Feb. 14--Cliffs Natural Resources, a recent target of the hedge fund Casablanca Capital, issued a statement Friday about its dealings with the investor, saying it has tried to maintain a dialogue with the group but has been disappointed with its response.
"Casablanca seems intent on waging a public campaign rather than continuing its private engagement with our chairman and management to address our doubts and concerns relating to Casablanca's proposal," Cliffs Chairman James Kirsch wrote in an open letter to shareholders.
Casablanca has argued that the company's international assets are weighing on its cash-generating U.S. business and should be spun off. The New York-based fund wants to install a new chief executive at Cliffs as well as a majority of hand-picked directors.
On Thursday, Cliffs reported fourth-quarter and full-year results for 2013, including a 3 percent decrease in revenues from 2012.
Cleveland-based Cliffs reported full-year revenues of $5.7 billion, down $181 million, saying results were "driven by slightly lower global iron ore sales volumes and significantly lower market pricing for metallurgical coal products."
For the full year, Cliffs recorded net income attributable to Cliffs' shareholders of $414 million, or $2.37 per diluted share, compared with a net loss of $899 million, or $6.32 per diluted share, in 2012.
The company also announced that Gary B. Halverson, 55, formerly president and chief operating officer, had been appointed as president and chief executive officer, effective immediately. He also serves as a director on Cliffs' board of directors. Halvorson said the company is working to cut costs and increase shareholder value.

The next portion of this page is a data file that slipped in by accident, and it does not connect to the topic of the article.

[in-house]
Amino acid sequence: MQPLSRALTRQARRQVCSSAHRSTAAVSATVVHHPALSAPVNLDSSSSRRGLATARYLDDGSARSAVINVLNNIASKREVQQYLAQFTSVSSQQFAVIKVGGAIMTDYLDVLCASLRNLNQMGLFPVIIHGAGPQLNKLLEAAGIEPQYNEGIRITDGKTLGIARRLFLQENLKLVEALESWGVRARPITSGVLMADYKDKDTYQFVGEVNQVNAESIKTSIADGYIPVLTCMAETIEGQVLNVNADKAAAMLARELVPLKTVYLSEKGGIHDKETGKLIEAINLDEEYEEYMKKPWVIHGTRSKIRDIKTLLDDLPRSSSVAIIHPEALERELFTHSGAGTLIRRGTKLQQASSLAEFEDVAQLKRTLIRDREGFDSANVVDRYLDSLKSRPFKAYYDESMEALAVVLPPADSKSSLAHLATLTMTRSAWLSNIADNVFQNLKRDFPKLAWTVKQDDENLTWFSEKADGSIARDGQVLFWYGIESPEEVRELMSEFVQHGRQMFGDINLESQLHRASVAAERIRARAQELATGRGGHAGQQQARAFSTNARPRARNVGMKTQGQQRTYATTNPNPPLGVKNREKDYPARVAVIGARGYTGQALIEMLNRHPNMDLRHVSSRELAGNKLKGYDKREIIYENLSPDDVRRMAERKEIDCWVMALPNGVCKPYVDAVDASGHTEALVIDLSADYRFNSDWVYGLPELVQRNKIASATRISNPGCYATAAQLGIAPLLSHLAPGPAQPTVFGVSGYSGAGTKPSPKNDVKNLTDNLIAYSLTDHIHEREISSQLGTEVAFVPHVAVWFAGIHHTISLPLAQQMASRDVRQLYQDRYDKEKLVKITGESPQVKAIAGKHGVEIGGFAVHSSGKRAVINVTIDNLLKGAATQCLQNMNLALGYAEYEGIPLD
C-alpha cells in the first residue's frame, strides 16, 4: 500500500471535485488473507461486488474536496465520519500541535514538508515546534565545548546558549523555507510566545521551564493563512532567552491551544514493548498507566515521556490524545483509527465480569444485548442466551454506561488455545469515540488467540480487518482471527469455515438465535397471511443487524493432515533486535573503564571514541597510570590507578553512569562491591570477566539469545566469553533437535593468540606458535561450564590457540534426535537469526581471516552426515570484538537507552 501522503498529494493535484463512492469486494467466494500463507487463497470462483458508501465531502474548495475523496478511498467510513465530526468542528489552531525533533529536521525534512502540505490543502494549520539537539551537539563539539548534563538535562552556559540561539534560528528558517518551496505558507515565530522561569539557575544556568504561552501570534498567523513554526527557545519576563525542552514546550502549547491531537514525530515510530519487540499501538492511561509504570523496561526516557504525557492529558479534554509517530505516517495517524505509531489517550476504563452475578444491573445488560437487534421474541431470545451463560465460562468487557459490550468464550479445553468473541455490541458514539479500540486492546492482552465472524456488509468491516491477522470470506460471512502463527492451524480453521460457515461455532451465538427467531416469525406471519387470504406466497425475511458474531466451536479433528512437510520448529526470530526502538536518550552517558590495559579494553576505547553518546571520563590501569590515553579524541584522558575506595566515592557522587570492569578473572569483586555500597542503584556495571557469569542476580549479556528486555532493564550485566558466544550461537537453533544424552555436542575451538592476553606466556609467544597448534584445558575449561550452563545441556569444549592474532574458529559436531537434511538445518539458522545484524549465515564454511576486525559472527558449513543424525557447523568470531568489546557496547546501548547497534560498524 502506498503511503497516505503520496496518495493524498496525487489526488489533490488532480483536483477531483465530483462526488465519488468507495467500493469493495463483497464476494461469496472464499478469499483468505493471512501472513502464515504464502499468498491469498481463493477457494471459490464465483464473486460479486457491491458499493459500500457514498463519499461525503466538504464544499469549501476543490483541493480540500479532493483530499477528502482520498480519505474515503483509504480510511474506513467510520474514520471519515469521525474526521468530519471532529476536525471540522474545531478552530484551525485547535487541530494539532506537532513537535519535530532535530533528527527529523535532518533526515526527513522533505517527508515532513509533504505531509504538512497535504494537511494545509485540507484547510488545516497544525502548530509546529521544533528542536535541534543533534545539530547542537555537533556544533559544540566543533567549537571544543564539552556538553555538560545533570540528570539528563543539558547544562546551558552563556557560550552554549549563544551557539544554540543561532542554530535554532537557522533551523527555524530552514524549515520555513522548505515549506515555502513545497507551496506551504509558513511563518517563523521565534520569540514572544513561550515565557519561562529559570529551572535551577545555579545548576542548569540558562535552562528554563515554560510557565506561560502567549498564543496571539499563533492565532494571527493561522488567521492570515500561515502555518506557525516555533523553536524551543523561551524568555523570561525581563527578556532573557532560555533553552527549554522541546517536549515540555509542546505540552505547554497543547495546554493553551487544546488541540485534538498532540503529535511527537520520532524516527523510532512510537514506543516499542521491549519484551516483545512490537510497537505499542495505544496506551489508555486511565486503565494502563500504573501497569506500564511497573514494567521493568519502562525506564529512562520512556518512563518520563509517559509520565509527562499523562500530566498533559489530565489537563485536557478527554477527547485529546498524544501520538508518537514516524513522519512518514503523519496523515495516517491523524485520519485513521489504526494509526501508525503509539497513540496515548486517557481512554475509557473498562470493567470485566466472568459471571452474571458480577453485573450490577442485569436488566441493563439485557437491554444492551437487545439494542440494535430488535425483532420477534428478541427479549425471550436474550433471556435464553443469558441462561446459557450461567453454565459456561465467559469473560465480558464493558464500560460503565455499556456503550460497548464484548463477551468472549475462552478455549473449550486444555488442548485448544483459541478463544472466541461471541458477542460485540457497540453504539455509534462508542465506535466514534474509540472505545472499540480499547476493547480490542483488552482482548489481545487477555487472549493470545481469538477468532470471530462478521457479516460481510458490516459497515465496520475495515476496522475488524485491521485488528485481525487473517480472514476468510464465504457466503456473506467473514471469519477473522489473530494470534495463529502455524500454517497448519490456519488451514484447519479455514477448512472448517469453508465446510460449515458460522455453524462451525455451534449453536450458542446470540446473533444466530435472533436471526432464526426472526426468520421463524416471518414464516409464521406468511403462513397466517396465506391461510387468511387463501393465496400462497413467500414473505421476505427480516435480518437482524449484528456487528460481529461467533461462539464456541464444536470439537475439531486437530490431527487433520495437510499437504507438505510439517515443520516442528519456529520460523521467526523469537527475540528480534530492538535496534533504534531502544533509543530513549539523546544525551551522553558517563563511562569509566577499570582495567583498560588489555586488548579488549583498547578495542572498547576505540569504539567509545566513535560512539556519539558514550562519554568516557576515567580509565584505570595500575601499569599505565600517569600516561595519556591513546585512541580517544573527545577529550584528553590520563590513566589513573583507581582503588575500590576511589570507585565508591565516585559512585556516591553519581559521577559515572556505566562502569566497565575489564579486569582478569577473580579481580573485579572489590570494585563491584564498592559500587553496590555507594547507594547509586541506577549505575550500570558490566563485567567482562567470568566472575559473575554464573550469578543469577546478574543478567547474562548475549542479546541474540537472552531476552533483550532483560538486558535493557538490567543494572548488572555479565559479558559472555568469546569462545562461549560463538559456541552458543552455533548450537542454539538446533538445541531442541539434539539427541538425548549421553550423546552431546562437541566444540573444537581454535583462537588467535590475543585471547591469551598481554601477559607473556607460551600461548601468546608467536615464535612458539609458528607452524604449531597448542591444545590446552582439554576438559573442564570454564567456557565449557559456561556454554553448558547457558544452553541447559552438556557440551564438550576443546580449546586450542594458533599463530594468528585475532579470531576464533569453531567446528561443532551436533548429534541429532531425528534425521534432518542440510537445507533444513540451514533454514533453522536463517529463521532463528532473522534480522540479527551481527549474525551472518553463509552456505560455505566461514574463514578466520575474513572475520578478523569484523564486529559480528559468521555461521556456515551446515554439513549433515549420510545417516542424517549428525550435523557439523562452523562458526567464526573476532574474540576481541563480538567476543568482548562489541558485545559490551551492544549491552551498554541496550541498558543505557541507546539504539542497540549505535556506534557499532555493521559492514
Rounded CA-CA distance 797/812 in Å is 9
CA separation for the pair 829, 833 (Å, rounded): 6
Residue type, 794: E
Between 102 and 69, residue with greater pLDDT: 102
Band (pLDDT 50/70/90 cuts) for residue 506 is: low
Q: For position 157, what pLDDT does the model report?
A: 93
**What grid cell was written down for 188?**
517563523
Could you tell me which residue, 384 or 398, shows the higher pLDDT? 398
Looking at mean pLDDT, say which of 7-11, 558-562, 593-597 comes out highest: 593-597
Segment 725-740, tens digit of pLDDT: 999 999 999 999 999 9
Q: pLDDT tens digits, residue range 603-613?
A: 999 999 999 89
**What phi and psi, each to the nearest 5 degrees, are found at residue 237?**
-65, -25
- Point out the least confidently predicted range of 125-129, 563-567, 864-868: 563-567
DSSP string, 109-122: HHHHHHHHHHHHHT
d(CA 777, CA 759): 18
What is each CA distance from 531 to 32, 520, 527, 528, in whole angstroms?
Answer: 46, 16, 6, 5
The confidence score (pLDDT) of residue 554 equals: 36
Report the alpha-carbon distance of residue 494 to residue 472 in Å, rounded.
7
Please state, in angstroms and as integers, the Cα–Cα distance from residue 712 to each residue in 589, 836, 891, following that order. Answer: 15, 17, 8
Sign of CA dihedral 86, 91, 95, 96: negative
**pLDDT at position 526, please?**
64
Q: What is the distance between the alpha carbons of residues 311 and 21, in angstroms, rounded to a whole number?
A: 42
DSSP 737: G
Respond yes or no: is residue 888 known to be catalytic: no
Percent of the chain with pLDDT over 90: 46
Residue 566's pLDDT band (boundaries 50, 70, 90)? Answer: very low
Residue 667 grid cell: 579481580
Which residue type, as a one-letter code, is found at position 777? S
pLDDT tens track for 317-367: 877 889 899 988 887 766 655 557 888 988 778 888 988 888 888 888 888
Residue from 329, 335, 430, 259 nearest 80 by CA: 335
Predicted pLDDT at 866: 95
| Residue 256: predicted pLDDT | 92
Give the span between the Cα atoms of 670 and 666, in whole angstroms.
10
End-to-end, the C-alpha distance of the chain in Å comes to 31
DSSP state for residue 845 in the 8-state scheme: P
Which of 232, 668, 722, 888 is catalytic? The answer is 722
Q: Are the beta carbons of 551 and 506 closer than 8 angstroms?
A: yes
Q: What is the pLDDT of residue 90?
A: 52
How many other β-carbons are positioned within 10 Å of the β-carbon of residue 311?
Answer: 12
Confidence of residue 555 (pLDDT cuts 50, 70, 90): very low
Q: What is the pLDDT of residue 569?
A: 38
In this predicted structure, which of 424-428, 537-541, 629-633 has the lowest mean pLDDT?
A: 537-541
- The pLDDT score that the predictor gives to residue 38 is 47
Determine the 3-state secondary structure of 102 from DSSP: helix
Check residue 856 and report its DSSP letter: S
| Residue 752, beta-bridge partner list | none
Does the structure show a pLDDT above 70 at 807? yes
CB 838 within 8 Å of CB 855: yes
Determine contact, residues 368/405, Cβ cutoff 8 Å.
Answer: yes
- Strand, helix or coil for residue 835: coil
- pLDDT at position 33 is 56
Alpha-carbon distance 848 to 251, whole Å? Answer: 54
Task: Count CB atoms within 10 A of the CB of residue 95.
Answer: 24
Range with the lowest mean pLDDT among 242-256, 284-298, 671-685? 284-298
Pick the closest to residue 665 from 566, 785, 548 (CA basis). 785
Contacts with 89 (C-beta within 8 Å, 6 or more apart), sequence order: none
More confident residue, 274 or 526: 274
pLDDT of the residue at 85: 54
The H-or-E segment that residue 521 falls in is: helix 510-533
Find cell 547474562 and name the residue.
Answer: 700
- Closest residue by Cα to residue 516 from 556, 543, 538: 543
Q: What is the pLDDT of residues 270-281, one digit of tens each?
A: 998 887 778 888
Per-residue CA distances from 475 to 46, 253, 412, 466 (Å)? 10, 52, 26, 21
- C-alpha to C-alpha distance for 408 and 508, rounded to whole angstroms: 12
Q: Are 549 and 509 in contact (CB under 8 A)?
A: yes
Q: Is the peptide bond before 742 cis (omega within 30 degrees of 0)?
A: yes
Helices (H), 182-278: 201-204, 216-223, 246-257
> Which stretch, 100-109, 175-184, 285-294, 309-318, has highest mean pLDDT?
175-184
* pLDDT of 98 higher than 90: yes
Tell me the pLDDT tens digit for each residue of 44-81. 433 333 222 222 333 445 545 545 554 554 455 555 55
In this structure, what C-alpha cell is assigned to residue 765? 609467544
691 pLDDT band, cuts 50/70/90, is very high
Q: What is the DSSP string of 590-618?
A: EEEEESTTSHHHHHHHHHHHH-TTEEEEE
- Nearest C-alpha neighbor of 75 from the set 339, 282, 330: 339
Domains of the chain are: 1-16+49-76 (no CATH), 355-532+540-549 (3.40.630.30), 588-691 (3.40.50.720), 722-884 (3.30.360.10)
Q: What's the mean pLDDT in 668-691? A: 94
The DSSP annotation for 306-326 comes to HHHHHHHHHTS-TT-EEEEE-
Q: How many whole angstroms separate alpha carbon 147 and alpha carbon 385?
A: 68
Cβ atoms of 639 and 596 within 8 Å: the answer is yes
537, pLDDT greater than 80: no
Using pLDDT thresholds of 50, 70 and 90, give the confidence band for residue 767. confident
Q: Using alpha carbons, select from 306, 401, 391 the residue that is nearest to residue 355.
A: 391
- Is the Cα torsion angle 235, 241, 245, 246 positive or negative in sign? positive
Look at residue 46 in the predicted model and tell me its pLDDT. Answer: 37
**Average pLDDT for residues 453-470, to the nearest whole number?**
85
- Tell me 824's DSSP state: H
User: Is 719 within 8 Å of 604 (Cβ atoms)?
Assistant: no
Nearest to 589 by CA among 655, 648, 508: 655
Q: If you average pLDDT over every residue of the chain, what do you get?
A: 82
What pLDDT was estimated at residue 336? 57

"The first step in this process is significantly cutting our capital spending and idling and or exploring alternatives for underperforming assets in our portfolio," Halvorson said in the Thursday earnings statement.
Casablanca responded to the appointment, saying Halverson has never run a public company does not have the relevant experience to refocus the company.
In the letter, Cliffs said the hedge fund's proposals would put Cliffs credit rating at risk.
Last month Casablanca, which owns about 5.2 percent of Cliffs, urged the iron ore and coal miner to spin off its international operations, form a master limited partnership from its U.S. assets and double its dividend.
On Wednesday, Casablanca said it was launching a proxy campaign and backing Lourenco Goncalves, former chief executive of Metals USA, to take over as chief executive.
Asked on Wednesday whether he would carry out Casablanca's detailed proposals as chief executive, Goncalves said the fund's plan offered "good alternatives, but they are alternatives, they are possibilities."
Weakness in the steel market has hit relatively high-cost iron ore suppliers like Cliffs hard. In recent quarters, the company's earnings have also been weighed down by higher-than-expected costs at its Bloom Lake mine in Canada.
After months of uncertainty, Cliffs earlier this week decided to indefinitely suspend a planned expansion at Bloom Lake, and idle Wabush, another Canadian mine, slashing capital spending and cutting some 500 jobs.
Looking ahead, Halverson said increasing shareholder value must drive the company's capital allocation plans.
"The first step in this process is significantly cutting our capital spending and idling and or exploring alternatives for underperforming assets in our portfolio," he said.
Cliffs is one of Minnesota's major taconite iron ore producers. It owns and operates Northshore Mining in Silver Bay and Babbitt and United taconite in Eveleth and Forbes. It also is co-owner and operator of Hibbing Taconite and owns and operates the Tilden/Empire taconite operation in Michigan'sUpper Peninsula.
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